January is almost over (I cannot believe it), and I’ve spent most of this month, as I did December, in the fog of a nasty virus. However, the mists are clearing and I’m finally raring to go with a new writing year.
While I’ve been working on my current WIP (which is now pretty much ready to submit), I’ve also been working on another writing project, co-authoring a middle-grade book. It’s been an interesting process as, while I’ve written for other people before, I’ve not written with someone. And there are some differences.
When writing for a client, you’re trying to write in their voice, not yours. The tone is set by the type of company, the content, and the branding message they’re trying to get across. Your job is to find the words to hook their target market, and to do so in their voice. The same goes for ghostwriting, where you are telling someone else’s story, not your own.
When co-writing a project with someone, you can allow your writer voice to shine through. Creatively, my co-author and I are in tune, sometimes suggesting the same scene at the same time! However, we’ve also set clear delineations as to who is completing which part of the project, making for a smooth and pleasant process.
So, if you’re thinking of setting up your own co-author project, here are a few things you might want to consider before starting:
Who is doing what?
Vitally important. You may choose to split the book on character lines, with one author writing one character and you writing the other, separated into chapters. Or, you may split the narrative between you, sending excerpts back and forth, both of you working on and editing them so the book is a mingling of both your voices. Or you may, as I’m doing, nominate one person to do the bulk of the writing, with the other person contributing ideas, scenes and characters as the story unfolds. There are as many ways to allocate the work as there are stories to be told, but the important part is to be clear about who is doing what beforehand, so there are no disagreements or instances where you’re duplicating work.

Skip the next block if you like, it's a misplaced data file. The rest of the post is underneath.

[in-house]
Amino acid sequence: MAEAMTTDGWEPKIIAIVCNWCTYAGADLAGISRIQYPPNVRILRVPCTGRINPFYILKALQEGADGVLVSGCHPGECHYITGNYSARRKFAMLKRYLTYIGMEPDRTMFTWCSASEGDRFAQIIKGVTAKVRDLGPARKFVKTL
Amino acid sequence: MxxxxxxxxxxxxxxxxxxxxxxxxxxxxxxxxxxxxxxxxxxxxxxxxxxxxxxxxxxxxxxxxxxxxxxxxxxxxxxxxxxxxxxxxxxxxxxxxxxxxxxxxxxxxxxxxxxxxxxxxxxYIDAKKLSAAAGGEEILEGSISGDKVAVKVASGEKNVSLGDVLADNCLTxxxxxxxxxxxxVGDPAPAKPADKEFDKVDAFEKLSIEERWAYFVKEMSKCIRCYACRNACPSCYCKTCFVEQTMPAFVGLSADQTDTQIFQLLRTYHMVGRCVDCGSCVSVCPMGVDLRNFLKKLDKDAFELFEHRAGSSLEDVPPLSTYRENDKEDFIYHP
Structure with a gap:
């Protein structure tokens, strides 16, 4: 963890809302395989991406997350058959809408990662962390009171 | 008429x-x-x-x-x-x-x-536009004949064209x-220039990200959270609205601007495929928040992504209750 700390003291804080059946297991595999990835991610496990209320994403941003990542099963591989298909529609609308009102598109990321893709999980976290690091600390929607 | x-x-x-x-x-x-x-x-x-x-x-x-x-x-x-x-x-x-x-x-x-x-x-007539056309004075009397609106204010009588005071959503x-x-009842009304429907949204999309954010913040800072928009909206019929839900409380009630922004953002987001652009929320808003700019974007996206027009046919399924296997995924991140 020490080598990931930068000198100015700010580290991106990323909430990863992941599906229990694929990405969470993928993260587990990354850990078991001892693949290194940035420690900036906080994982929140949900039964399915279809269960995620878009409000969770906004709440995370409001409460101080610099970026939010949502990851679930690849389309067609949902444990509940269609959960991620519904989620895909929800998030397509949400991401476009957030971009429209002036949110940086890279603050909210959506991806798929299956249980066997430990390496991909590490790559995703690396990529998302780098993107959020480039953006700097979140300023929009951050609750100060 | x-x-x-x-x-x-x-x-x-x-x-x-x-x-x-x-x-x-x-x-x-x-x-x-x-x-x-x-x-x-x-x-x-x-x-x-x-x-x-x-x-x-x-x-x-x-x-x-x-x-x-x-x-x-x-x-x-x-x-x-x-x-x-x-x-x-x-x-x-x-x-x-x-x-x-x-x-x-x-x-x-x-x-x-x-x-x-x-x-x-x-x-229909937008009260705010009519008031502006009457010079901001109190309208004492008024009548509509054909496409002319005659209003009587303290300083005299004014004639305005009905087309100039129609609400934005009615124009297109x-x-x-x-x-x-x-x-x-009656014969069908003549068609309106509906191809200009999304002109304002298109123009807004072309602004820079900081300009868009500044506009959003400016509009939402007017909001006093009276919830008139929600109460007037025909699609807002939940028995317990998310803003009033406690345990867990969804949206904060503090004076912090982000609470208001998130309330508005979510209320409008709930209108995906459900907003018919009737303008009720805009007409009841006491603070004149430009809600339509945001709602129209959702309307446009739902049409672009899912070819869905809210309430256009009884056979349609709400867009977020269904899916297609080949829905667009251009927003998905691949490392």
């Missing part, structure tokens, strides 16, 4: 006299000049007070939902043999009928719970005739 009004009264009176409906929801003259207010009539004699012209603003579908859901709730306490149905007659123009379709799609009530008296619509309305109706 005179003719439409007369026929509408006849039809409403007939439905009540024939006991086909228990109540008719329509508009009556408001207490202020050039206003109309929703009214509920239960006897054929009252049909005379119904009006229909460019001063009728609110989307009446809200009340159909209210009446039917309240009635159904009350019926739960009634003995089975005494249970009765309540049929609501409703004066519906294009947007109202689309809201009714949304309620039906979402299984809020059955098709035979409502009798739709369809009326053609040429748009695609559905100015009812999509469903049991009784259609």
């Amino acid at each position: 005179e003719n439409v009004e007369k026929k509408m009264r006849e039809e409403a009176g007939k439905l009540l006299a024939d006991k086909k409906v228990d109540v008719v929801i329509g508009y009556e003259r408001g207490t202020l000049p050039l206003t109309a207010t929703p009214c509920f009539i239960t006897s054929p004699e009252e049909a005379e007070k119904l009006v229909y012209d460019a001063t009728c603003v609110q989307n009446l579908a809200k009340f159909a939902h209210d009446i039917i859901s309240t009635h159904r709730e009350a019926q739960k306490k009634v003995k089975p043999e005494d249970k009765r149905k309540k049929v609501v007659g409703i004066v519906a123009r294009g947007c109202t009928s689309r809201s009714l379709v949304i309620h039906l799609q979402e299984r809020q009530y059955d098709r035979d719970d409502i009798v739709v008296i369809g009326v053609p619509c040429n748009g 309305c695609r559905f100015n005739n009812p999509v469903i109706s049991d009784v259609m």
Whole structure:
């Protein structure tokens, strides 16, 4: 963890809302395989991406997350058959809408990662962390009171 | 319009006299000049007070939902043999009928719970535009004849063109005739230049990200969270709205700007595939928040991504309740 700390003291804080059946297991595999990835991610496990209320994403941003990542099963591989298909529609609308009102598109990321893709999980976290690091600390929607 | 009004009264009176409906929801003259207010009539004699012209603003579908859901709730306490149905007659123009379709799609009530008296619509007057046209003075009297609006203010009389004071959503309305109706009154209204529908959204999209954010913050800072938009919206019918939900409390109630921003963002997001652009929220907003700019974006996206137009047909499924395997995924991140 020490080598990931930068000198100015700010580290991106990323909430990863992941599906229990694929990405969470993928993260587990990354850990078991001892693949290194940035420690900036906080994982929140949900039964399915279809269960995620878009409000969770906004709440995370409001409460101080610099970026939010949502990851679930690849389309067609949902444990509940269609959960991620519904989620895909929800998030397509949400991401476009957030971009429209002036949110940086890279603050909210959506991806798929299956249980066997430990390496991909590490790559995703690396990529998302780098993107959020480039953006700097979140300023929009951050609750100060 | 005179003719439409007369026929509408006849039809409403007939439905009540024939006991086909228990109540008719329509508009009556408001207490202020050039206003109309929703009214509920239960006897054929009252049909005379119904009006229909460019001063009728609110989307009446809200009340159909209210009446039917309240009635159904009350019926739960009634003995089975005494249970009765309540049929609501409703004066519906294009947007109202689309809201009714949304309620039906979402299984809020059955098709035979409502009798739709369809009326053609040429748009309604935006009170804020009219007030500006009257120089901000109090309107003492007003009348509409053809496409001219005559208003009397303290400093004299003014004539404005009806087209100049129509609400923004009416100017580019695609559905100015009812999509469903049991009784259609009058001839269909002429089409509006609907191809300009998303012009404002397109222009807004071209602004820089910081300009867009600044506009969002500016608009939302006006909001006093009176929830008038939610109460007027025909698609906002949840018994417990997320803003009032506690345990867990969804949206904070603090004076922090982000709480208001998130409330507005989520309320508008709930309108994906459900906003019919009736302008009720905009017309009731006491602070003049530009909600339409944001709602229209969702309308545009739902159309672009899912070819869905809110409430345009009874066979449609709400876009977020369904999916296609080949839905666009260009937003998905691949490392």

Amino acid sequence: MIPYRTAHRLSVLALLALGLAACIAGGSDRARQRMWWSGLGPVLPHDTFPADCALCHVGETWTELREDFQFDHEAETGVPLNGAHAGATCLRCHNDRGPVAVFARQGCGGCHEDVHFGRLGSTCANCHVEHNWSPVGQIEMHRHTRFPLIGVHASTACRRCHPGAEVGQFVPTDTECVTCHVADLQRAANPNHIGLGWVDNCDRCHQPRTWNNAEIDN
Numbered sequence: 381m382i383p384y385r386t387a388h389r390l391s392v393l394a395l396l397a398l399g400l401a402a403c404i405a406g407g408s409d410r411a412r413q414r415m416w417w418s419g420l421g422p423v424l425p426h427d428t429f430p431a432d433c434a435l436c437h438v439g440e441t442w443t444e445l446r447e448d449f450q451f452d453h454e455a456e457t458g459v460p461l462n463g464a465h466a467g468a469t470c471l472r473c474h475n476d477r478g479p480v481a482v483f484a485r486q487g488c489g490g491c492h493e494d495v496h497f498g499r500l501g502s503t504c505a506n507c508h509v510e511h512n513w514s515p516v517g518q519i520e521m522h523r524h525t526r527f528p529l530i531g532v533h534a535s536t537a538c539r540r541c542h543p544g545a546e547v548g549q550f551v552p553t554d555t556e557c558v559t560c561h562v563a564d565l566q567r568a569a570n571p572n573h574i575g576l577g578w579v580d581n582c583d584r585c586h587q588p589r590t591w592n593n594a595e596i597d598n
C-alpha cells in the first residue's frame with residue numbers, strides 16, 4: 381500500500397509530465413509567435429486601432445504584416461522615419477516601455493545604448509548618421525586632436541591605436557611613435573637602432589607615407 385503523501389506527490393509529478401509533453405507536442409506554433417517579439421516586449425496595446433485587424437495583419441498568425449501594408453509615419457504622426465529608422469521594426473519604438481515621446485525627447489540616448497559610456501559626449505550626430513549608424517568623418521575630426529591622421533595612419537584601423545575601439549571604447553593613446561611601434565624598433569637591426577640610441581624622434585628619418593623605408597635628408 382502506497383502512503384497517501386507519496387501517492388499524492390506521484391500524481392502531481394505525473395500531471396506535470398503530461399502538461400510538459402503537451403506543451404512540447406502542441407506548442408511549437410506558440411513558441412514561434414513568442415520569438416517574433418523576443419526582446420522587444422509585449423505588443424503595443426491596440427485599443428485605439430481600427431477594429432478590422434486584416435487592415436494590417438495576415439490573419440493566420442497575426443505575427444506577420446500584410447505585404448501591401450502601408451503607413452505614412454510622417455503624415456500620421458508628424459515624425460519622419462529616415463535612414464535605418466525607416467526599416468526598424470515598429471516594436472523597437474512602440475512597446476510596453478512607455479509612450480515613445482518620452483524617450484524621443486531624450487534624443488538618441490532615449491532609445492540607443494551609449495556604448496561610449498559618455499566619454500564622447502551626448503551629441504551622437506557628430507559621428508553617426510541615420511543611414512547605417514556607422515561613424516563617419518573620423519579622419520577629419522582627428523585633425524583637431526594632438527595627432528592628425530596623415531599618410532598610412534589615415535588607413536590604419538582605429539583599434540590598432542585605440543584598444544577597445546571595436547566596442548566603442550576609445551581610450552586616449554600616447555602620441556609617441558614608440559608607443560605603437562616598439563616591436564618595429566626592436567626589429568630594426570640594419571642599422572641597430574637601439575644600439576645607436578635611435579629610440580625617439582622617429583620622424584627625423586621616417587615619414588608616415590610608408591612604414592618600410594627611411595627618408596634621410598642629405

Linked to my point above, decide how the book will be credited in terms of authorship. Will it be one author taking centre stage, with the other author mentioned in the credits? Will you both get equal billing? Again, there are several options and it’s really up to you. However, once again, defining this before the project starts will head off any disagreements (and of course, if the work arrangement between you changes, there can be a discussion at that point).
Once again, something to be agreed upon before work starts. If you’re getting paid to write the book, how will the fees be divided between you both? How will royalties, advances and rights be divided up? 50/50 is probably the easiest and most equitable way to do this – however, this needs to be defined and possibly set in writing before the project begins.
Writing the story is only part of the process. Once the book is completed, you need to get it out in the world. If you have a traditional publishing deal, then editing, cover design etc will be taken care of, as will some of the promotion. However, if you’re publishing independently, consider the costs involved in hiring an editor, cover designer etc and work out how these will be split between you both. The same goes for promotion – work out an advertising budget, divide up social media scheduling, photography for various platforms, how you’ll brand and support the release, and who will handle any associated events.
As you can see, there’s a bit more planning involved than when you simply sit down and start writing a book by yourself. However, setting up a detailed plan beforehand, and making sure any agreements are in writing, should mean you’ll avoid any surprises or disagreements down the track.
Combining your creative voice with someone else can be a rewarding experience, challenging you to work outside your writing comfort zone, learning and benefitting from your co-writer’s experience. As the saying goes, sometimes two heads are better than one and you might be surprised by what you achieve. Just have a plan in place, then get to it!
Enjoyed this post? Want to read more? Find me on Twitter @AuthorHelenJ, Facebook, Instagram and Pinterest. Plus my latest book release, Under Stone (Ambeth Chronicles #4), is now available on Amazon. Visit my Amazon Author Page to see more.
I’m always fascinated when people do this. I’ve known a few, but don’t see myself diving in.
I’d never thought I’d do something like this either. However, the process has been really interesting in terms of creativity and working in tandem with someone else’s vision. So never say never! 🙂
Good luck with this project. I think the important thing is that you are both on the same page, so to speak!!
Thanks Darlene 🙂 Yes, I think that’s really helped in terms of making the project work, and it’s been a really interesting process!